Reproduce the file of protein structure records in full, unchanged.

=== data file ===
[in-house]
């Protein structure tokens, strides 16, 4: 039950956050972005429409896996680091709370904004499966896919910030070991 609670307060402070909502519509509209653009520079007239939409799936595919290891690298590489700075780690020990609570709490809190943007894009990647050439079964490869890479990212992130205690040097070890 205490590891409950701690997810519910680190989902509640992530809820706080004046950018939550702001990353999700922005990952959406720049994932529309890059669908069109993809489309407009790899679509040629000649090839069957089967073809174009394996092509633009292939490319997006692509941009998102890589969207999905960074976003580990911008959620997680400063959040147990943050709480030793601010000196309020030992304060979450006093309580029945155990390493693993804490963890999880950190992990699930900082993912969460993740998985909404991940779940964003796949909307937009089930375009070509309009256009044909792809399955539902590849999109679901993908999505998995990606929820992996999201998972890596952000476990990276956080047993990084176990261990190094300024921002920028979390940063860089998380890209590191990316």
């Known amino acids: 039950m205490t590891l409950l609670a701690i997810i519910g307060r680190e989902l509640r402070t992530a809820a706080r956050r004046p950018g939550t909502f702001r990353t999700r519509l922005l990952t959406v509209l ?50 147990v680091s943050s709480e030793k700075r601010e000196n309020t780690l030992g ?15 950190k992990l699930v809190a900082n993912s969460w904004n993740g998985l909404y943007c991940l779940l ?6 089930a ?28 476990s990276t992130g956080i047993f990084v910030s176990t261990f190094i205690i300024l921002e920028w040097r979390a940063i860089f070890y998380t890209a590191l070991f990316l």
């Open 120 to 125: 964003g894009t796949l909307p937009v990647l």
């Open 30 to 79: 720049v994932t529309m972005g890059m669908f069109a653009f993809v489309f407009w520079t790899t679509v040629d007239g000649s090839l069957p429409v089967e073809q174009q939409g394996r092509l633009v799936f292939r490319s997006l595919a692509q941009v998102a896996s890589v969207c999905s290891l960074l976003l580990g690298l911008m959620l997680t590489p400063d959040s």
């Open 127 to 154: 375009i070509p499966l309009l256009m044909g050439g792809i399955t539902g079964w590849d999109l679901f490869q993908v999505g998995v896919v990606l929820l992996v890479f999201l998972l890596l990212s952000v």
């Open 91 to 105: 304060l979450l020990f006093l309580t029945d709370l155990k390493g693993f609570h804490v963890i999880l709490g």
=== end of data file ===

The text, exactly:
[in-house]
């Protein structure tokens, strides 16, 4: 039950956050972005429409896996680091709370904004499966896919910030070991 609670307060402070909502519509509209653009520079007239939409799936595919290891690298590489700075780690020990609570709490809190943007894009990647050439079964490869890479990212992130205690040097070890 205490590891409950701690997810519910680190989902509640992530809820706080004046950018939550702001990353999700922005990952959406720049994932529309890059669908069109993809489309407009790899679509040629000649090839069957089967073809174009394996092509633009292939490319997006692509941009998102890589969207999905960074976003580990911008959620997680400063959040147990943050709480030793601010000196309020030992304060979450006093309580029945155990390493693993804490963890999880950190992990699930900082993912969460993740998985909404991940779940964003796949909307937009089930375009070509309009256009044909792809399955539902590849999109679901993908999505998995990606929820992996999201998972890596952000476990990276956080047993990084176990261990190094300024921002920028979390940063860089998380890209590191990316």
């Known amino acids: 039950m205490t590891l409950l609670a701690i997810i519910g307060r680190e989902l509640r402070t992530a809820a706080r956050r004046p950018g939550t909502f702001r990353t999700r519509l922005l990952t959406v509209l ?50 147990v680091s943050s709480e030793k700075r601010e000196n309020t780690l030992g ?15 950190k992990l699930v809190a900082n993912s969460w904004n993740g998985l909404y943007c991940l779940l ?6 089930a ?28 476990s990276t992130g956080i047993f990084v910030s176990t261990f190094i205690i300024l921002e920028w040097r979390a940063i860089f070890y998380t890209a590191l070991f990316l």
């Open 120 to 125: 964003g894009t796949l909307p937009v990647l």
């Open 30 to 79: 720049v994932t529309m972005g890059m669908f069109a653009f993809v489309f407009w520079t790899t679509v040629d007239g000649s090839l069957p429409v089967e073809q174009q939409g394996r092509l633009v799936f292939r490319s997006l595919a692509q941009v998102a896996s890589v969207c999905s290891l960074l976003l580990g690298l911008m959620l997680t590489p400063d959040s």
């Open 127 to 154: 375009i070509p499966l309009l256009m044909g050439g792809i399955t539902g079964w590849d999109l679901f490869q993908v999505g998995v896919v990606l929820l992996v890479f999201l998972l890596l990212s952000v």
């Open 91 to 105: 304060l979450l020990f006093l309580t029945d709370l155990k390493g693993f609570h804490v963890i999880l709490g």